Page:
Guy Reed is author of Second Innocence (Luchador Press) and the chapbooks, The Effort To Hold Light (Finishing Line Press), Still Life With Acorn (Fool Head Press),  and co-author, with Cheryl A. Rice, of Until The Words Came (Post Traumatic Press). He’s published in journals, anthologies and contributed two poems, performing one, in a featured role for the film, I Dream Too Much. Also an essayist and filmmaker, Guy is currently working on a documentary about the Esopus Creek. A Minnesota native, Guy’s lived in California, Oregon and currently resides in the Catskill Mountains with his wife and their children.

guyedwinreed.com

Ten Questions

Do you remember when you first saw yourself as an artist?

I was 13 in Ms. Braun’s 8th grade English class. I don’t know what happened, always a reader, not a writer, I suddenly filled a notebook with poems, wrote a radio play, and a short story that earned my best grade, A++. I saw myself as a writer living alone, taking a break from “writing books” wearing a thick cardigan sweater while sipping coffee and overlooking a rocky seacoast. Famous and rich.

Do you have anything you feel compelled now to say about your art?

I live in the woods with my family on the side of a Catskill mountain, sip coffee and noodle around on poems while mostly wearing flannel though I have many wool sweaters, too.

Is there an artist that keeps coming back to you for inspiration?

So many, poets, artists, musicians, writers and thinkers, but if I had to choose 1 poet, it would be the poet Jack Gilbert.

Do you feel you have support from colleagues?

Yes

Do you feel removed from the conventional world?

The conventional art/poetry world, yes, an outsider I guess. But poetry itself recognizes no hierarchy or convention. The conventional world like we see on TV? Yes, I try to distance myself from “noise” as much I can, but the conventional world in terms of nature and survival, earning a paycheck, putting food on the table and trying to live a life while trying to understand a life, no, we’re all in this together. Most of what we perceive as “conventional” is an illusion.

What is it like to wake up everyday for you?

Pretty great. I love waking up and the earlier the better. Getting to sit at my desk while it is still dark in the morning is very exciting each morning I can do it. I like seeing stars in the morning to begin my day if I can. 

What role do you see your art having in society?

If there is a moment of beauty or truth that I can shape into a work that goes out and sparks a moment or experience of beauty or truth in another, a reader or two, then I couldn’t ask for more. Any other role I could ask for  the work would just be numbers, honestly. At whatever point the work is out in society, it’s all out of one’s control. It gets a life of its own then. 

Do you get high from creating?

I wouldn’t call it high, but I do get an energy buzz, an excited rush when a poem ‘clicks’ into place. Any revision that makes a poem stronger gives its own buzz. Certainly the generation of something that feels hot gives an initial zap, as well. They’re all a little different, but it gives the rest of the day a bounce!

What are you not being asked that you’d like to share?

I am a quality over quantity kind of person.

When are you most happy?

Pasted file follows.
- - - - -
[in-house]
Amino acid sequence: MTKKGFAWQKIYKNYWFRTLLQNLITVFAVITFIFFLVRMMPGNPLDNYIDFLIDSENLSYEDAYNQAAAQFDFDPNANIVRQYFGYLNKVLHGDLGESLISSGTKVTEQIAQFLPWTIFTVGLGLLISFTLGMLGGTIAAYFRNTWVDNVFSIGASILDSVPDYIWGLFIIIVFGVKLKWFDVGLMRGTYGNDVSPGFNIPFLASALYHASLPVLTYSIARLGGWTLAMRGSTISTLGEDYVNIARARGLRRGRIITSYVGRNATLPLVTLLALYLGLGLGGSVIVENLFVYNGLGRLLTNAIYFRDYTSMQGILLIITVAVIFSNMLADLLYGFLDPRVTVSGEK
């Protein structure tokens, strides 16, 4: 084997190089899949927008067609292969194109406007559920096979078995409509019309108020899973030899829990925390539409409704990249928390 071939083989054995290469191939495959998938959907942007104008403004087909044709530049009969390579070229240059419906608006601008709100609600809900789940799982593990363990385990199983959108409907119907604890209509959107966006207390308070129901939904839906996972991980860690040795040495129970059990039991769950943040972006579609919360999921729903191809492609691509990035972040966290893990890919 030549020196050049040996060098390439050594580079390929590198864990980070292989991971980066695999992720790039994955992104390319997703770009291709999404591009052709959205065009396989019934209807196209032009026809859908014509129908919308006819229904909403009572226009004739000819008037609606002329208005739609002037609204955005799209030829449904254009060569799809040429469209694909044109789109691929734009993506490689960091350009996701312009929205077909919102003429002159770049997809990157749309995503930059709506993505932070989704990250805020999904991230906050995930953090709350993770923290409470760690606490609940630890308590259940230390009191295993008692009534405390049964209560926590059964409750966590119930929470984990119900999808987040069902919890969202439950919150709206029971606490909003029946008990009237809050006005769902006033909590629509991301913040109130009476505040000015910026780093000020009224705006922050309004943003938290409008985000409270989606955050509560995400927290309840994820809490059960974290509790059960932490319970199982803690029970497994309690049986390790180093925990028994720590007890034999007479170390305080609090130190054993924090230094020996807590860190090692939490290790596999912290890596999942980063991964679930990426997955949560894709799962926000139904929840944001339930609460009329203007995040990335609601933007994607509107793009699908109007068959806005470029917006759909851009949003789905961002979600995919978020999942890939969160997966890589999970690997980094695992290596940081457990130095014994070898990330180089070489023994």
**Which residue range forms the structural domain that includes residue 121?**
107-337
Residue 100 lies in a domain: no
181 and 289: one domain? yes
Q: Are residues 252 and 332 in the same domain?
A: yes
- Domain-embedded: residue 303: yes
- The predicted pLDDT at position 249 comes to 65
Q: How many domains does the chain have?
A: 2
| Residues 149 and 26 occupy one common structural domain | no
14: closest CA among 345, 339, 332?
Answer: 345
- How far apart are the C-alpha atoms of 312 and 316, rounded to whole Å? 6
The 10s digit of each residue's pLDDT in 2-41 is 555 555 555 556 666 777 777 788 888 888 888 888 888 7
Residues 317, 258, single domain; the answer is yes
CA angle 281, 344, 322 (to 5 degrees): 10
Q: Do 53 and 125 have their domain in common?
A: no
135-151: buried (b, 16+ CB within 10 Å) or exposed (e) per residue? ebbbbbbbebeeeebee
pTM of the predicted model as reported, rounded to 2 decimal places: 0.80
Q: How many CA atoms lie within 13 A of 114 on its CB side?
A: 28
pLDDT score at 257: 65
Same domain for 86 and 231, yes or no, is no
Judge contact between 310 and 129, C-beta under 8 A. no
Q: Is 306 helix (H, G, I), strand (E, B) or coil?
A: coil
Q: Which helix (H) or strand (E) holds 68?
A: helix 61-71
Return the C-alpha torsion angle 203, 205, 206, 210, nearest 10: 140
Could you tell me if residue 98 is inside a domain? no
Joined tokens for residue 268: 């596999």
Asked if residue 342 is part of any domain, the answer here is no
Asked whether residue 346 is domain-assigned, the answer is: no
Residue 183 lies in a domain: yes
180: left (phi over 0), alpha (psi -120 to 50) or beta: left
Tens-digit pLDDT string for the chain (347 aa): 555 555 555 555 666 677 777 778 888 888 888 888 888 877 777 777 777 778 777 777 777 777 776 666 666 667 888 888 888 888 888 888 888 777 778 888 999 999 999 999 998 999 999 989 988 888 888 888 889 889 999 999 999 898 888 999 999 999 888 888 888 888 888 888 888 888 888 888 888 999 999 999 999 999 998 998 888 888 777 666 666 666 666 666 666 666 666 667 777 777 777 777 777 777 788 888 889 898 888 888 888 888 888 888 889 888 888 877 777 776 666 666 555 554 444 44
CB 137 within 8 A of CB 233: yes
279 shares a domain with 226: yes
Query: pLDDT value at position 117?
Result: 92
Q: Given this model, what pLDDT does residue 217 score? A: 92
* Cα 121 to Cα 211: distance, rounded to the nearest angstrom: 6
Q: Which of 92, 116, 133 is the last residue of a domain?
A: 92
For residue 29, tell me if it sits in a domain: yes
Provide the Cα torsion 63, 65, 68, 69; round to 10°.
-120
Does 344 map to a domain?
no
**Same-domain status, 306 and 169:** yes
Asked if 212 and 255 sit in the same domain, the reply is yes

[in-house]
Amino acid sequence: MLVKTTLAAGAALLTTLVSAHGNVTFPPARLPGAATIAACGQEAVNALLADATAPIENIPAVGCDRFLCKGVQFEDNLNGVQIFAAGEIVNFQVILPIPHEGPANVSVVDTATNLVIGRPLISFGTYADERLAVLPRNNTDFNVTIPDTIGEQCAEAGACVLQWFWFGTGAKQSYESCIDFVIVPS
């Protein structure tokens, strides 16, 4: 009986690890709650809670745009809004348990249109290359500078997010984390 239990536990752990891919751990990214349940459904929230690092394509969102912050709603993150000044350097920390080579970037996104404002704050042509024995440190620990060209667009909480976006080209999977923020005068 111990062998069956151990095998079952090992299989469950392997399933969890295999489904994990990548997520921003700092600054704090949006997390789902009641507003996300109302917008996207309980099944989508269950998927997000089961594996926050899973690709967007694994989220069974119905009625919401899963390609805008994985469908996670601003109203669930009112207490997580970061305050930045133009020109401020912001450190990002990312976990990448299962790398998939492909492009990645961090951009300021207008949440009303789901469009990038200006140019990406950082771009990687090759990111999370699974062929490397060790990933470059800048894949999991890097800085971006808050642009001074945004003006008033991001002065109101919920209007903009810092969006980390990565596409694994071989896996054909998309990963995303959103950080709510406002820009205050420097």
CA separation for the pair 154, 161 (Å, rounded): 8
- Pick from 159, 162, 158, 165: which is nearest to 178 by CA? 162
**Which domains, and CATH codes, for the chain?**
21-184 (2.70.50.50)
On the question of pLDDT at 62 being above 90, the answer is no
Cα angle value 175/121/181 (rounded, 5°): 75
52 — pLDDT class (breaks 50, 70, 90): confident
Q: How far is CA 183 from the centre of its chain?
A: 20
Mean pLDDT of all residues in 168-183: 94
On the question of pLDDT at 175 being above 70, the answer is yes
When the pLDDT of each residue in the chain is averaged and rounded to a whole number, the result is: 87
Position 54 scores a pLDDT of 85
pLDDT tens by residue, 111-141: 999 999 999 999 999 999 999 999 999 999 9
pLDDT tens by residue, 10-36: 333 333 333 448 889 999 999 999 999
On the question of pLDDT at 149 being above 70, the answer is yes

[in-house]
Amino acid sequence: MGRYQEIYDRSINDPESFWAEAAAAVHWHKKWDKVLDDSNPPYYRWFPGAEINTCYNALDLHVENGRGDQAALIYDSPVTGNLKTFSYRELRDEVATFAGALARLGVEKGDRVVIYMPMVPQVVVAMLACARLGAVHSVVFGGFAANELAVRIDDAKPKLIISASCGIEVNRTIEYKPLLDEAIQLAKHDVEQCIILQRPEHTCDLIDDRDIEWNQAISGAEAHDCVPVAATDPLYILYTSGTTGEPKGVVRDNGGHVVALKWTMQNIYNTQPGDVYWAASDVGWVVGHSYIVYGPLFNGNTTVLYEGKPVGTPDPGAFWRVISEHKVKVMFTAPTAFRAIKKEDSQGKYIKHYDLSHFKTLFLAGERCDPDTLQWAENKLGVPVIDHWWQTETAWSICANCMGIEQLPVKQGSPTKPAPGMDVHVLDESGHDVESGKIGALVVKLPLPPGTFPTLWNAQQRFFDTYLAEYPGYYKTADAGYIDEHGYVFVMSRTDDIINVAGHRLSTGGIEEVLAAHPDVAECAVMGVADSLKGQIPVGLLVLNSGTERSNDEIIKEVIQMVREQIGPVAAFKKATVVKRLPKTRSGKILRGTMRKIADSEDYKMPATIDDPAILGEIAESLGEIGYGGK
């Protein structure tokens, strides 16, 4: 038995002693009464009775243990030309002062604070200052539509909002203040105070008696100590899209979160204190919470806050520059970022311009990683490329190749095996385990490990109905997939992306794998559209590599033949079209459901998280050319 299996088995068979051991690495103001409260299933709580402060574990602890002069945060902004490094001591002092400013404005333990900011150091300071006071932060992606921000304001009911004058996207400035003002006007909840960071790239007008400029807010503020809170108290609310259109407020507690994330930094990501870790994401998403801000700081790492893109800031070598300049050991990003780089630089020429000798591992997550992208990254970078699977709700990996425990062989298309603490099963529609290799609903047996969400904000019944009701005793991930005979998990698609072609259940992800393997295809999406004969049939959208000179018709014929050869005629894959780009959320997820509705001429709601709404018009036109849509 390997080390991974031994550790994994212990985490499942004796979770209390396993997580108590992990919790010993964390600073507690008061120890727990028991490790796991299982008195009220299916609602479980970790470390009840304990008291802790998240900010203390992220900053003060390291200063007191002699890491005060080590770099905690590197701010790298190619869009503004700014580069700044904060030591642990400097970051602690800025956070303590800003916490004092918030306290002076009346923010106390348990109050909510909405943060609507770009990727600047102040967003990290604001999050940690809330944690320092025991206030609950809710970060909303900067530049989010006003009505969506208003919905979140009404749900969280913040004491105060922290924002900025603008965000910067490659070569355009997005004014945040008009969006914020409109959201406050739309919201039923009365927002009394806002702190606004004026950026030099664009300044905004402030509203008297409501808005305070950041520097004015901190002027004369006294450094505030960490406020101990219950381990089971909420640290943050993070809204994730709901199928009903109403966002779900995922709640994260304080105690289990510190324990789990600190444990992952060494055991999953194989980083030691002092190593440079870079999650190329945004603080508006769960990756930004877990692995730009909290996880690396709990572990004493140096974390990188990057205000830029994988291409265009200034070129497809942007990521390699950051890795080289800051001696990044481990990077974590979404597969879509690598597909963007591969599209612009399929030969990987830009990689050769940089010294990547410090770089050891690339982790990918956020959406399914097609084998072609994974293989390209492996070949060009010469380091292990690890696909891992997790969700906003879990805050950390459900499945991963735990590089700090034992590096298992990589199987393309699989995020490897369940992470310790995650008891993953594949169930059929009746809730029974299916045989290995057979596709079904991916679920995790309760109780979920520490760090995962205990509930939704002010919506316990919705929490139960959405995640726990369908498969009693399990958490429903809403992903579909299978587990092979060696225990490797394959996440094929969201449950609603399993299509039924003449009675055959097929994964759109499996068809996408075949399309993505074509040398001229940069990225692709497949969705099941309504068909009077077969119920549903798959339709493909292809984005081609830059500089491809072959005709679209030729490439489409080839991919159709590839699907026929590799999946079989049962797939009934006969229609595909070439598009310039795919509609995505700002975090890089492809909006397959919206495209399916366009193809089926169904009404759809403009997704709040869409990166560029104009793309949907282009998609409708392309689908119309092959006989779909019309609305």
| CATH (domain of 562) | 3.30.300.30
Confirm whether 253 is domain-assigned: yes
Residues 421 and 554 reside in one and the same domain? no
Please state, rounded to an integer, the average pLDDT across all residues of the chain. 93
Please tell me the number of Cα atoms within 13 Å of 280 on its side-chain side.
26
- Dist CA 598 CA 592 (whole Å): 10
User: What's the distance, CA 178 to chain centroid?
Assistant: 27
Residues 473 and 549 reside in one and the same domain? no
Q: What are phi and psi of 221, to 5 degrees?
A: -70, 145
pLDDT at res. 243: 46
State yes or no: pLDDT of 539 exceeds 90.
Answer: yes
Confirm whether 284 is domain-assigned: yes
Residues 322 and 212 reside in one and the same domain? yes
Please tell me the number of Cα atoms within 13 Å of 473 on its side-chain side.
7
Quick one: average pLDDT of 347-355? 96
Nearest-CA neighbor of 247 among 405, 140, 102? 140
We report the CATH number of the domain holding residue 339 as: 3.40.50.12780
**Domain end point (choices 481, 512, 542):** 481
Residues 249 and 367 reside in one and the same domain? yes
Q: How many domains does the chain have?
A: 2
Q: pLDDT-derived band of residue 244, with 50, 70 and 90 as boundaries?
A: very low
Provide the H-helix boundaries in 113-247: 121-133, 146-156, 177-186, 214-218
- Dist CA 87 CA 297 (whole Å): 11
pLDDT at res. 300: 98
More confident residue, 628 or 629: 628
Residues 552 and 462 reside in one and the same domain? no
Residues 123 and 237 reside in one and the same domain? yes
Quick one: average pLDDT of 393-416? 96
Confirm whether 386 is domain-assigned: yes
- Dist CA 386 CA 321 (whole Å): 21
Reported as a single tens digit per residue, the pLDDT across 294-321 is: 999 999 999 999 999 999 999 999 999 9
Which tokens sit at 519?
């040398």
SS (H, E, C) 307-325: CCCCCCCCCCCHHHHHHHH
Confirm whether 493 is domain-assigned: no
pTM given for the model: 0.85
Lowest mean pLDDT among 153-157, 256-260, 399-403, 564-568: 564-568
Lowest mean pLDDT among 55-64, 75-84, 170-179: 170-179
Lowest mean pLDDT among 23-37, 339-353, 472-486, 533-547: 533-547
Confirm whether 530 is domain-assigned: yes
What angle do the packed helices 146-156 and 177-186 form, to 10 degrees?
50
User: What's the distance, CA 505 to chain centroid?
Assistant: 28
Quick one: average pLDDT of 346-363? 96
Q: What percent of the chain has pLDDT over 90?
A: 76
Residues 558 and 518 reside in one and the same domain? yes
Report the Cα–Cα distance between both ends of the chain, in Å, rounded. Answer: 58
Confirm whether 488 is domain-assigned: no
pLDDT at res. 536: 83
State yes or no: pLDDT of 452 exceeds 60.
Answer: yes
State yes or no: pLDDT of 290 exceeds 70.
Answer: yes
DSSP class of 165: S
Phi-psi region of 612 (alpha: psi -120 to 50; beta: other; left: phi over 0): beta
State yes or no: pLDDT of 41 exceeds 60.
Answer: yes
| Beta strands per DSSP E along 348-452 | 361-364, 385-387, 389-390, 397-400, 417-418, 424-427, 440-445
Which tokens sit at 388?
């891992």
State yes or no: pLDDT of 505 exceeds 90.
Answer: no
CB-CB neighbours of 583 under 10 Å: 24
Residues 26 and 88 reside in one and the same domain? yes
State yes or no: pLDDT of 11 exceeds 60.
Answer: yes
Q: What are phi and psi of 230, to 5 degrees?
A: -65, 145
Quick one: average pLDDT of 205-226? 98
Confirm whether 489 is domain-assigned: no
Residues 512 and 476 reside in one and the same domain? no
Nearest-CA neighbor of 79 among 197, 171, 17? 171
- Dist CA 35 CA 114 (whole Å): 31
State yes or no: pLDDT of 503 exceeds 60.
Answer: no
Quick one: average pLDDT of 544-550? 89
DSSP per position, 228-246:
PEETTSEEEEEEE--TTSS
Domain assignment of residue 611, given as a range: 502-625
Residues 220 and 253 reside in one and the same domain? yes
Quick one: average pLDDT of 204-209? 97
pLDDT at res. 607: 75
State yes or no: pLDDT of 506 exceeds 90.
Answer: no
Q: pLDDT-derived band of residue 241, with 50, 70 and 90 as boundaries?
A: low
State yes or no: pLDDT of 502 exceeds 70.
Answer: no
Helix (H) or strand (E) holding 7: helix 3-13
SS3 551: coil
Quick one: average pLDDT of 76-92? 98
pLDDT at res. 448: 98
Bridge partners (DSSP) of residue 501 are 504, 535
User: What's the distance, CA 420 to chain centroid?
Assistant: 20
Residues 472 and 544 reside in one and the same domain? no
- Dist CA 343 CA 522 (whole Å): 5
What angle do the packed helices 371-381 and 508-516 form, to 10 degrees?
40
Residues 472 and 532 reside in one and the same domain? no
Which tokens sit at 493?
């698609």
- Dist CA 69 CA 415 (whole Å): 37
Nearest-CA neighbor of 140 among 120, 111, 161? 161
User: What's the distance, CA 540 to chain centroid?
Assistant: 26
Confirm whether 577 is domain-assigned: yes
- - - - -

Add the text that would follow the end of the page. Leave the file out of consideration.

Having a hold of an exciting thread of thought & image that is tearing off so quickly I can hardly write fast enough. Having nothing to do all day except read and write. Working on a poem, revising it and getting it just right, discovery in the process.

Meet Cheryl A. Rice

The Wages of Moonlight

I first saw myself around the age of four. We lived in the first floor of a house in Wyandanch. There was a broken-down pavilion in the yard that we were warned to stay away from. I drank the last drops of soda syrup from bottles waiting by the back door to be returned. 

I am compelled to recall the past in fits and starts. Like those drips of soda syrup, the past returns with some effort, and little welcome. 

The artist who comes back to me again and again these days is Anna Held. A brief flash in the early 1900s, her star was polished by Ziegfeld, but she was the one who shone. A powerful Jewish refugee who adopted the persona of a Parisian coquette, she died at 46 of a rare disorder we still have no cure for. 

I am supported by those ancient stars, paid to excess by the moon and her fickle appearances. Support comes first from within. If there is any applause about, enjoy it for what it is—the current phase of consent. 

In the last few months, convention as we know it has been upended. I long to return to that broken-down pavilion of the past, stepping carefully around floorboards that will bear no weight. I long for the trumpet vines and moonflowers that surely by now have created the only roof it ever needed. I long for the sweetness of soda syrup, dappled with impurities, from bottles beside the tin milk box. I long for the milkman and his shiny white slacks. 

Upon waking, I immediately miss the moon, no matter her demeanor of the night before. I rush to the bathroom, and am not ashamed of it. Any who pretend otherwise are invoking a false narrative. 

Art is a sign of society. Without it we are beasts, tearing our masks off in a crowded Walmart, lengthening the stay of immoral diseases by kisses of black dust. 

The act of creation offers me clarity, not intoxication. I am reassured that I am still connected to the segment of humanity that has both feet in the dirt and eyes in the stars.